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Another storm slams into the San Juans
From Silverton Standard, the place where you can write!
Posted on January 07 2011, 9:30am by Mark Esper in Local News category
Silverton cut off for more than a day as U.S. 550 closes
 
A Colorado Department of Transportation snowplow operator opens
the gate at the south end of Coal Bank Pass on Friday, Dec. 31.
The pass was closed for about 30 hours for avalanche-control work
amid last week’s winter storm.
 
 
A severe winter storm last week forced the closure of U.S. 550 at both Red Mountain Pass north of town and Molas and Coal Bank passes to the south, cutting Silverton off from the outside world for some 29 hours on Thursday and Friday, Dec. 30 and 31.
It was the second of two severe winter storms that slammed into the San Juan Mountains in late December.
According to the USDA Natural Resource Conservation Service, snowpack in the San Juan, Animas, Dolores and San Miguel basins was only 57 percent of average on Dec. 16 and it appeared the region would be facing a dry winter.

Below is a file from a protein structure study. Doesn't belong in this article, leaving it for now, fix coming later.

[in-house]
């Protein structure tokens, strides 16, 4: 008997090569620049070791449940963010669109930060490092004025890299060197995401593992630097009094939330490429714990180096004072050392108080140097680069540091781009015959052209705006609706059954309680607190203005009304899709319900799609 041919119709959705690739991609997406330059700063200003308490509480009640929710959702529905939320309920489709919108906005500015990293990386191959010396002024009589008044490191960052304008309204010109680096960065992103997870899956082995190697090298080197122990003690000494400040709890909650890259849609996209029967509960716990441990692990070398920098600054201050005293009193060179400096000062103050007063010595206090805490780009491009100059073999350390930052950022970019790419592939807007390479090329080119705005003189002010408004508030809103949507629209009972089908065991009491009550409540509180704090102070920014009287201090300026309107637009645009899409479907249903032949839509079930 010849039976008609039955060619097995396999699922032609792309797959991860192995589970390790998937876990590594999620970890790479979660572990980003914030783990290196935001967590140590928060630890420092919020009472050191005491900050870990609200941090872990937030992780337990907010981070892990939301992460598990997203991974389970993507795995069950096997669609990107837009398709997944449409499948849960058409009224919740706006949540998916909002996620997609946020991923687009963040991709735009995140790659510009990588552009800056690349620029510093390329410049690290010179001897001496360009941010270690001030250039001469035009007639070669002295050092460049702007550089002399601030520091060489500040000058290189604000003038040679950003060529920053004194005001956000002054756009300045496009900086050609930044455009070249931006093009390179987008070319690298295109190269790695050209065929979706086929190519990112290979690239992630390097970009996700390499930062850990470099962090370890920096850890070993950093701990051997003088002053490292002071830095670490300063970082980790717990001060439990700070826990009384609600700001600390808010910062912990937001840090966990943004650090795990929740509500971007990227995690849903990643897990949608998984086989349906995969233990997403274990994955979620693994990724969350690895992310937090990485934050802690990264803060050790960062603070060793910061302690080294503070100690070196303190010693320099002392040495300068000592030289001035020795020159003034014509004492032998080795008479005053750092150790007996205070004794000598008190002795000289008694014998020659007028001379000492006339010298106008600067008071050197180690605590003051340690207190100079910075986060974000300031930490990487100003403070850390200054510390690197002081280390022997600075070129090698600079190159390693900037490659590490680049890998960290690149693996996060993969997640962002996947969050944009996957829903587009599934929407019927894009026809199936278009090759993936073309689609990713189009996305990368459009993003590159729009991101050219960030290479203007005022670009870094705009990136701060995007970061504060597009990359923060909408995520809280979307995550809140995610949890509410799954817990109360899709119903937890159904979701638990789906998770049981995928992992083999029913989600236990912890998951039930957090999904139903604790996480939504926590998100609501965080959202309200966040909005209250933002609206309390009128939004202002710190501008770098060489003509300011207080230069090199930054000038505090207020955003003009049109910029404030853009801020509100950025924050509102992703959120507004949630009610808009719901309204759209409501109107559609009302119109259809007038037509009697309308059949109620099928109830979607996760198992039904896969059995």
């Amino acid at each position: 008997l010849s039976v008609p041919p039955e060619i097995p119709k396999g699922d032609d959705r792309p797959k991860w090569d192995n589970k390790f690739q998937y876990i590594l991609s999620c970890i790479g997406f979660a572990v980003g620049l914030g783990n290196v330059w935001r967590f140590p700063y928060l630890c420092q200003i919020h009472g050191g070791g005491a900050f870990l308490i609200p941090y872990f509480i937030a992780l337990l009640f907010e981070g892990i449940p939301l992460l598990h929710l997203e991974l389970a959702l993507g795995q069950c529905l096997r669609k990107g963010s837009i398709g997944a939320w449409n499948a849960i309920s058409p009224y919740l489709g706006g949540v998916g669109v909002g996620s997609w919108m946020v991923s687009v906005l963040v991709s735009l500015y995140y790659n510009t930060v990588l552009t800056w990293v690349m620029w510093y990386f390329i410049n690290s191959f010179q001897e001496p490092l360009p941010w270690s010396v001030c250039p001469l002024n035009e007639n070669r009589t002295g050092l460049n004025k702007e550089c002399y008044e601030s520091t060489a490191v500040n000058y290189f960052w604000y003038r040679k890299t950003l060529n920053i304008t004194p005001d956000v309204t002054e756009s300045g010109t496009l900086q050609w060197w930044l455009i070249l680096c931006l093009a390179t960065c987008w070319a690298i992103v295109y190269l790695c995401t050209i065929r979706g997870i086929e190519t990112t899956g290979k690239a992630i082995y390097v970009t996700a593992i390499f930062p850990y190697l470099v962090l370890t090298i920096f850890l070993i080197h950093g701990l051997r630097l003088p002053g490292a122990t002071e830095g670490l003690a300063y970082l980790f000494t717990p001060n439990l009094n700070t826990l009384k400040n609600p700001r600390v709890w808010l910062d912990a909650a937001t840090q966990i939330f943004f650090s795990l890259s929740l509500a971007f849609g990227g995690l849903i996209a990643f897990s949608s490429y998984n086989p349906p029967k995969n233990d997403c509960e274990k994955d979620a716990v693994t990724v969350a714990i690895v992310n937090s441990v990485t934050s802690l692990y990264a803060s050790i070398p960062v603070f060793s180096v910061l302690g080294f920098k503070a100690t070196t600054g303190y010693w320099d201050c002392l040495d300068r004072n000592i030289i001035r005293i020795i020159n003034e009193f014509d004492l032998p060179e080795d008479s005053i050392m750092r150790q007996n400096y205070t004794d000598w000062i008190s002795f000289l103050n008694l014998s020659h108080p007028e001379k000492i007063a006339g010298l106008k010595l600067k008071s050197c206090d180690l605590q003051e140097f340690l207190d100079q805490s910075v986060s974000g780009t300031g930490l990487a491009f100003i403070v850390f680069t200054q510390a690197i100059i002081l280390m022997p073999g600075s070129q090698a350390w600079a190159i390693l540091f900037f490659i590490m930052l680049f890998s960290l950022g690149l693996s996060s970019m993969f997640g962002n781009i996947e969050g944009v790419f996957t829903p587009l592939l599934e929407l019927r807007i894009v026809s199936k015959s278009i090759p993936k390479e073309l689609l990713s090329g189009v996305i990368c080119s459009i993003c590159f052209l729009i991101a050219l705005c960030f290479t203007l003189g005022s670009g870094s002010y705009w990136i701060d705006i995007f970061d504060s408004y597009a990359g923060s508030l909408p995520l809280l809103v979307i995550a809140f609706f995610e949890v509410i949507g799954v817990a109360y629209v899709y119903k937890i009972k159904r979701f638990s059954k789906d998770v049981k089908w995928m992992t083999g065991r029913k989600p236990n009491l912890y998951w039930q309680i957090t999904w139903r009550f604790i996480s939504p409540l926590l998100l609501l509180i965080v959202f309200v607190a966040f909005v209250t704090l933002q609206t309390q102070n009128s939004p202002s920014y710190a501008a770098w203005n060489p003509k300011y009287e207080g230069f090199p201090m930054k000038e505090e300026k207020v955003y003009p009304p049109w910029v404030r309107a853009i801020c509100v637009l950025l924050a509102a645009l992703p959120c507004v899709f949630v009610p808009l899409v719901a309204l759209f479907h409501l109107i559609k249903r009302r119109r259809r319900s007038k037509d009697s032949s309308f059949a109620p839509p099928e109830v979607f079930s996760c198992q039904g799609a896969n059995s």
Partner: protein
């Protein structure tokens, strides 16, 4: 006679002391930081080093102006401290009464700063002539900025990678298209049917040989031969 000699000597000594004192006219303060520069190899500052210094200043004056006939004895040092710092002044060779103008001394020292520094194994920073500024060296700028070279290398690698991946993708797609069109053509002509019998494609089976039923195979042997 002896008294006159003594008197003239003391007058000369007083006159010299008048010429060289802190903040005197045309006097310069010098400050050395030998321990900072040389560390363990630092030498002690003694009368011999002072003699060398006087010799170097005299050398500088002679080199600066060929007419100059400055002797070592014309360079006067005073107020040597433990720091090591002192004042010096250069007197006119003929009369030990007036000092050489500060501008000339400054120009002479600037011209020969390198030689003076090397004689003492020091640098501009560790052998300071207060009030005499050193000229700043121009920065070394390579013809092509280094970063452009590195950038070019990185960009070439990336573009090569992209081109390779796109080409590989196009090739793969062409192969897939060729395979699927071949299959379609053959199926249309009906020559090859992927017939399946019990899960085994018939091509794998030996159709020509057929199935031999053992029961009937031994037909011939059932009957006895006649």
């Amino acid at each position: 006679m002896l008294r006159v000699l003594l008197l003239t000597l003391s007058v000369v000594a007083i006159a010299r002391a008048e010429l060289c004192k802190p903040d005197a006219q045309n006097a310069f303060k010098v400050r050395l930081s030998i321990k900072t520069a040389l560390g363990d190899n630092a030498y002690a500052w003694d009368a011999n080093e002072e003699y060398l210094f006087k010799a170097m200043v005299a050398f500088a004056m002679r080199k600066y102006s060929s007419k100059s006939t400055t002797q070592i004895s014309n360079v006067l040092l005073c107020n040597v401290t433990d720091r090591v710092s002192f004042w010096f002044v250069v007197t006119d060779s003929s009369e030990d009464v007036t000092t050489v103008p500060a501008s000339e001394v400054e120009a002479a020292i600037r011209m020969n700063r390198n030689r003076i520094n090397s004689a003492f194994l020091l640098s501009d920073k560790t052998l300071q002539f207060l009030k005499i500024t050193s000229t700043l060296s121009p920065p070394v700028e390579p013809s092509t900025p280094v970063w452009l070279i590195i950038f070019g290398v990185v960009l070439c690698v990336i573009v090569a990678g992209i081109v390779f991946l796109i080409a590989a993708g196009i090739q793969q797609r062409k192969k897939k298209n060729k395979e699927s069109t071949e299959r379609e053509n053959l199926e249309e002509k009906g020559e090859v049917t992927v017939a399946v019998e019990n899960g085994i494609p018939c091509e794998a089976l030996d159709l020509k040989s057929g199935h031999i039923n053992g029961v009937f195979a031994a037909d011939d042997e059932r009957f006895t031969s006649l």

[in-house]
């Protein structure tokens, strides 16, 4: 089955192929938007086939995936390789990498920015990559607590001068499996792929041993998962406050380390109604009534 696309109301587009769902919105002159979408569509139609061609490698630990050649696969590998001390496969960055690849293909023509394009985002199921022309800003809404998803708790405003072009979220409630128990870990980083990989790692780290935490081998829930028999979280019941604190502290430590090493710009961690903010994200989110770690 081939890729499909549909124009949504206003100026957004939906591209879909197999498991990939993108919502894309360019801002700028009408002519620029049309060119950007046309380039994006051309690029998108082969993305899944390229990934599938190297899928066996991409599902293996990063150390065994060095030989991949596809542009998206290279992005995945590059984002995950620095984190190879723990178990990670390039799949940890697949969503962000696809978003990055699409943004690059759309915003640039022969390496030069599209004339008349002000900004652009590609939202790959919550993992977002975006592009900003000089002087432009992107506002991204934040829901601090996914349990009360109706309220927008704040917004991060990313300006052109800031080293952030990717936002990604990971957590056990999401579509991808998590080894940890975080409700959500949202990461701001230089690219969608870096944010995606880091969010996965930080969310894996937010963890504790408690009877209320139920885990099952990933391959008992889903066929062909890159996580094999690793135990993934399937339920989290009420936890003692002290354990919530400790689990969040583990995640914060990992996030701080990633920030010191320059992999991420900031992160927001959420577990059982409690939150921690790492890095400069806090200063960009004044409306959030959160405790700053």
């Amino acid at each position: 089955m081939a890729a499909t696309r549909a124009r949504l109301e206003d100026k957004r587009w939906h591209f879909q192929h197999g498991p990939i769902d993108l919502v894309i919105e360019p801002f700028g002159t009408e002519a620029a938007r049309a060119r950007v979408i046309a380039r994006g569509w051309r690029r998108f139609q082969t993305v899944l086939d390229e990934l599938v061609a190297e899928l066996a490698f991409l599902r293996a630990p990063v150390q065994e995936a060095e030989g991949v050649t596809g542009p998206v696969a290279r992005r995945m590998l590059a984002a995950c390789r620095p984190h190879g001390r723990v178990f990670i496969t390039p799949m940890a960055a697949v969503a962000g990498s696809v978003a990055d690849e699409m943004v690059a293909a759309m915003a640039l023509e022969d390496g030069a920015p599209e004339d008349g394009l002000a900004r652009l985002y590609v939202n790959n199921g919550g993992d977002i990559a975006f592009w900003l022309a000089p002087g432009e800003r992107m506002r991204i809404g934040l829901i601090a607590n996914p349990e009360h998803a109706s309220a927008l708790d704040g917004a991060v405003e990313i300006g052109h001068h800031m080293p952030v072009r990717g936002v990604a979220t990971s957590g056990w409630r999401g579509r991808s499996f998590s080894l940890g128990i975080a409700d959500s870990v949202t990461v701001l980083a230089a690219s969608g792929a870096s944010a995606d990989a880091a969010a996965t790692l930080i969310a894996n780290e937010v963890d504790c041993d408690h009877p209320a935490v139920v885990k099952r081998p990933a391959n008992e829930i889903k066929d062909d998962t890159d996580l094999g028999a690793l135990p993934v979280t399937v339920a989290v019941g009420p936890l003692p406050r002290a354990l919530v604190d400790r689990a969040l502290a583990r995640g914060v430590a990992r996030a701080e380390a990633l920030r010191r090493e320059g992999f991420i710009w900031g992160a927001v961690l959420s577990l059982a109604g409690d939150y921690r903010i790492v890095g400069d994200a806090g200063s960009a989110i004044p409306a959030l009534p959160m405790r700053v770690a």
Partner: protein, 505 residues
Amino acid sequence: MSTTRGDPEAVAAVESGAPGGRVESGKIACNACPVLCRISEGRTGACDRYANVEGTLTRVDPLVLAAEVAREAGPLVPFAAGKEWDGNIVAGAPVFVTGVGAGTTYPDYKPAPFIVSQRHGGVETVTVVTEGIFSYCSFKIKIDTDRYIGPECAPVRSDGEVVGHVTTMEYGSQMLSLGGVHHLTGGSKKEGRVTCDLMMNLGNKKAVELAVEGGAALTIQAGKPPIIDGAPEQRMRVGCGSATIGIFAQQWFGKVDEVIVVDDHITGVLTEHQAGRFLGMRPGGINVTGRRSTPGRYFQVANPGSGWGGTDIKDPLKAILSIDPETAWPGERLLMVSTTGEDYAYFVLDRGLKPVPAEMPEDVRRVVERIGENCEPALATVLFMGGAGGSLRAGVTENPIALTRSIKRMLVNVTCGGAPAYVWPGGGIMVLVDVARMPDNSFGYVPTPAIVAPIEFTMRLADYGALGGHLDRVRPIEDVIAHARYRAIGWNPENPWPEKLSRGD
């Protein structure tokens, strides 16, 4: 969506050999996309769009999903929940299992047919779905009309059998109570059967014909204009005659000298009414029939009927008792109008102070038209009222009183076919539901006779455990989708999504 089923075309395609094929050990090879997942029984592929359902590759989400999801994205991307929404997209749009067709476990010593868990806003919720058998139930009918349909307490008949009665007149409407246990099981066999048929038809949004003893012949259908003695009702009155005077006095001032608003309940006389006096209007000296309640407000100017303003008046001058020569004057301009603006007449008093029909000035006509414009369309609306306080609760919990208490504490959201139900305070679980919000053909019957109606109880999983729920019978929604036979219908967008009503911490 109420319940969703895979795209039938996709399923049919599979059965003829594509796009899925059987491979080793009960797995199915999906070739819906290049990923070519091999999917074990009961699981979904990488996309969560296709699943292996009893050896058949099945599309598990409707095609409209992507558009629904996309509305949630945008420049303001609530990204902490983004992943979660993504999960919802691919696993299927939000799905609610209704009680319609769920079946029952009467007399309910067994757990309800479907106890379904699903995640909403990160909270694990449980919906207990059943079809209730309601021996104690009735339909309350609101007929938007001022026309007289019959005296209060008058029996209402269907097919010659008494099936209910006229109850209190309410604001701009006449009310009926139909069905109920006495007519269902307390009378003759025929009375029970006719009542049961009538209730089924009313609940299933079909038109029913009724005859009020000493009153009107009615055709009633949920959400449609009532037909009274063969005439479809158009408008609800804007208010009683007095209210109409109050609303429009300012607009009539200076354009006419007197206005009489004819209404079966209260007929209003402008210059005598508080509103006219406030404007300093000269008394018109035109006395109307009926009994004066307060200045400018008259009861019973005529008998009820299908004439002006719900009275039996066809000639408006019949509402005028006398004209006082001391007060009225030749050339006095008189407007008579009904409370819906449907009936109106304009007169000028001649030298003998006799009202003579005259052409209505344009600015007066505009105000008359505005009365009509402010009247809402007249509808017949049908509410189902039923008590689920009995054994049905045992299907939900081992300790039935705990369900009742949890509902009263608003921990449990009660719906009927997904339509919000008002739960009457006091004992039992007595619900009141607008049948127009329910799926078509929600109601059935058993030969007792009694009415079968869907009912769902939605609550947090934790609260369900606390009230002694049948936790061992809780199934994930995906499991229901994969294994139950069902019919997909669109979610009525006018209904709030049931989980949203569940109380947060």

Then the Pacific storm track shifted and brought a series of moisture-laden storms across California and the southern tier of states.
In its report issued Wednesday, NSCS says snowpack is now at 140 percent of average in the San Juans.
In one snow-measuring site on Coal Bank Pass, these storms delivered an additional 16.7 inches of liquid water equivalent. The snow depth there was increased by 78 inches during the storms.
Silverton weather watcher Freddie Canfield reported about 15 inches of new snow in town from the storm that hit last week.
And he reported temperatures dipped to -27 on the mornings of Dec. 31 and Jan 1. 
In his weather blog, wxnotes.org, Chris Landry, director of the Silverton-based Center for Snow and Avalanche Studies, reports that on Saturday morning, Jan. 1, under clear skies, a snow surface temperature of 35 below zero was record at the Swamp Angel Study Plot, at an elevation of about 11,050 feet, on Red Mountain Pass below Senator Beck Basin.
Landry reported that the peak wind gust recorded during the storm hit 73 miles per hour at the Putney Study Plot, at an elevation of 12,325 feet.
 
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